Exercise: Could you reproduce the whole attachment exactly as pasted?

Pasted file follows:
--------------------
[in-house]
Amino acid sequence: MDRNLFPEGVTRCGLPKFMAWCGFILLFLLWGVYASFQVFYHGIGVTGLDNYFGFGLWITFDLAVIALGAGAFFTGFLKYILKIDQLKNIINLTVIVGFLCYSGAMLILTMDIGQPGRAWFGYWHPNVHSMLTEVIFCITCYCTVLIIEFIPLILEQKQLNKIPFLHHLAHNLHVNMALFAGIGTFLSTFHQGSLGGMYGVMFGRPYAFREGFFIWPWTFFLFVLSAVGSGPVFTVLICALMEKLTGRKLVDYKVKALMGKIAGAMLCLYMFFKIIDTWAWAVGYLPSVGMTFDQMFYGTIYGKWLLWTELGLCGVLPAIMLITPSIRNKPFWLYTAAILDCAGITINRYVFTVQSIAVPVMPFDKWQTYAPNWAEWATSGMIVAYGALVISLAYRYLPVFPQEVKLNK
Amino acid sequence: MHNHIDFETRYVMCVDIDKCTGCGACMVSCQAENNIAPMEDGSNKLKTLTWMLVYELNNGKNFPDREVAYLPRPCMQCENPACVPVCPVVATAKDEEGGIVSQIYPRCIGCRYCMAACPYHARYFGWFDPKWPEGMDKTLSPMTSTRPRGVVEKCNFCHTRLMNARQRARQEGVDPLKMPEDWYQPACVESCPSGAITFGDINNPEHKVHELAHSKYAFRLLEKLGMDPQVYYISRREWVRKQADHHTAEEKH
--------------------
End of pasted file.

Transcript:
[in-house]
Amino acid sequence: MDRNLFPEGVTRCGLPKFMAWCGFILLFLLWGVYASFQVFYHGIGVTGLDNYFGFGLWITFDLAVIALGAGAFFTGFLKYILKIDQLKNIINLTVIVGFLCYSGAMLILTMDIGQPGRAWFGYWHPNVHSMLTEVIFCITCYCTVLIIEFIPLILEQKQLNKIPFLHHLAHNLHVNMALFAGIGTFLSTFHQGSLGGMYGVMFGRPYAFREGFFIWPWTFFLFVLSAVGSGPVFTVLICALMEKLTGRKLVDYKVKALMGKIAGAMLCLYMFFKIIDTWAWAVGYLPSVGMTFDQMFYGTIYGKWLLWTELGLCGVLPAIMLITPSIRNKPFWLYTAAILDCAGITINRYVFTVQSIAVPVMPFDKWQTYAPNWAEWATSGMIVAYGALVISLAYRYLPVFPQEVKLNK
Amino acid sequence: MHNHIDFETRYVMCVDIDKCTGCGACMVSCQAENNIAPMEDGSNKLKTLTWMLVYELNNGKNFPDREVAYLPRPCMQCENPACVPVCPVVATAKDEEGGIVSQIYPRCIGCRYCMAACPYHARYFGWFDPKWPEGMDKTLSPMTSTRPRGVVEKCNFCHTRLMNARQRARQEGVDPLKMPEDWYQPACVESCPSGAITFGDINNPEHKVHELAHSKYAFRLLEKLGMDPQVYYISRREWVRKQADHHTAEEKH